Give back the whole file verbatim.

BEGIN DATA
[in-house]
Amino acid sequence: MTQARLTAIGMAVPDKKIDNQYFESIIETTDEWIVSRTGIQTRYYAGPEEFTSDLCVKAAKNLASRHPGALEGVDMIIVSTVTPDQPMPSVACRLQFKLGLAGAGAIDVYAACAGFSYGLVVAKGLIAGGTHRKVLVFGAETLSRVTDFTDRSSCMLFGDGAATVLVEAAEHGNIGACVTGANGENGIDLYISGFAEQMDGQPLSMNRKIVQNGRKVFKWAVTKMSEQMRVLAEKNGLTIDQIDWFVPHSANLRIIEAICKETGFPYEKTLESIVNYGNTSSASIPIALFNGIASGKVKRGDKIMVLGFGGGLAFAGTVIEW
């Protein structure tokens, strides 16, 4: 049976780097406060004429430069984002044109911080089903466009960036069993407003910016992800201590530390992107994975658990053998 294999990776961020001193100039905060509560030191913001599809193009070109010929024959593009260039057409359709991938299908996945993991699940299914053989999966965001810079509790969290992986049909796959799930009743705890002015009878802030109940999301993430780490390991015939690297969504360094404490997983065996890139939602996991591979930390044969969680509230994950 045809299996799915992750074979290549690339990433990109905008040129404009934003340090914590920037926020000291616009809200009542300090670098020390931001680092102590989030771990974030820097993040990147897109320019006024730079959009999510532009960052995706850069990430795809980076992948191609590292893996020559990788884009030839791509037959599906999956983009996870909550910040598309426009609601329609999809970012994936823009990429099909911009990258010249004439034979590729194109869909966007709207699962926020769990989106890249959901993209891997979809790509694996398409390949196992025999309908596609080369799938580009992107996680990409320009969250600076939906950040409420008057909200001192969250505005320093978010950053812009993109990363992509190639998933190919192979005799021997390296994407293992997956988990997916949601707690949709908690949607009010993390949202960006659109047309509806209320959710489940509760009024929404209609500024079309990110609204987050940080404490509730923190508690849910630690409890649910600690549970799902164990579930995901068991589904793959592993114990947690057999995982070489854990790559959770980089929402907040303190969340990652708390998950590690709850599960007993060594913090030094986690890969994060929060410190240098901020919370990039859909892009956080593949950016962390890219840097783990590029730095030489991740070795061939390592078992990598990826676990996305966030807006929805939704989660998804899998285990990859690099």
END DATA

[in-house]
Amino acid sequence: MTQARLTAIGMAVPDKKIDNQYFESIIETTDEWIVSRTGIQTRYYAGPEEFTSDLCVKAAKNLASRHPGALEGVDMIIVSTVTPDQPMPSVACRLQFKLGLAGAGAIDVYAACAGFSYGLVVAKGLIAGGTHRKVLVFGAETLSRVTDFTDRSSCMLFGDGAATVLVEAAEHGNIGACVTGANGENGIDLYISGFAEQMDGQPLSMNRKIVQNGRKVFKWAVTKMSEQMRVLAEKNGLTIDQIDWFVPHSANLRIIEAICKETGFPYEKTLESIVNYGNTSSASIPIALFNGIASGKVKRGDKIMVLGFGGGLAFAGTVIEW
């Protein structure tokens, strides 16, 4: 049976780097406060004429430069984002044109911080089903466009960036069993407003910016992800201590530390992107994975658990053998 294999990776961020001193100039905060509560030191913001599809193009070109010929024959593009260039057409359709991938299908996945993991699940299914053989999966965001810079509790969290992986049909796959799930009743705890002015009878802030109940999301993430780490390991015939690297969504360094404490997983065996890139939602996991591979930390044969969680509230994950 045809299996799915992750074979290549690339990433990109905008040129404009934003340090914590920037926020000291616009809200009542300090670098020390931001680092102590989030771990974030820097993040990147897109320019006024730079959009999510532009960052995706850069990430795809980076992948191609590292893996020559990788884009030839791509037959599906999956983009996870909550910040598309426009609601329609999809970012994936823009990429099909911009990258010249004439034979590729194109869909966007709207699962926020769990989106890249959901993209891997979809790509694996398409390949196992025999309908596609080369799938580009992107996680990409320009969250600076939906950040409420008057909200001192969250505005320093978010950053812009993109990363992509190639998933190919192979005799021997390296994407293992997956988990997916949601707690949709908690949607009010993390949202960006659109047309509806209320959710489940509760009024929404209609500024079309990110609204987050940080404490509730923190508690849910630690409890649910600690549970799902164990579930995901068991589904793959592993114990947690057999995982070489854990790559959770980089929402907040303190969340990652708390998950590690709850599960007993060594913090030094986690890969994060929060410190240098901020919370990039859909892009956080593949950016962390890219840097783990590029730095030489991740070795061939390592078992990598990826676990996305966030807006929805939704989660998804899998285990990859690099």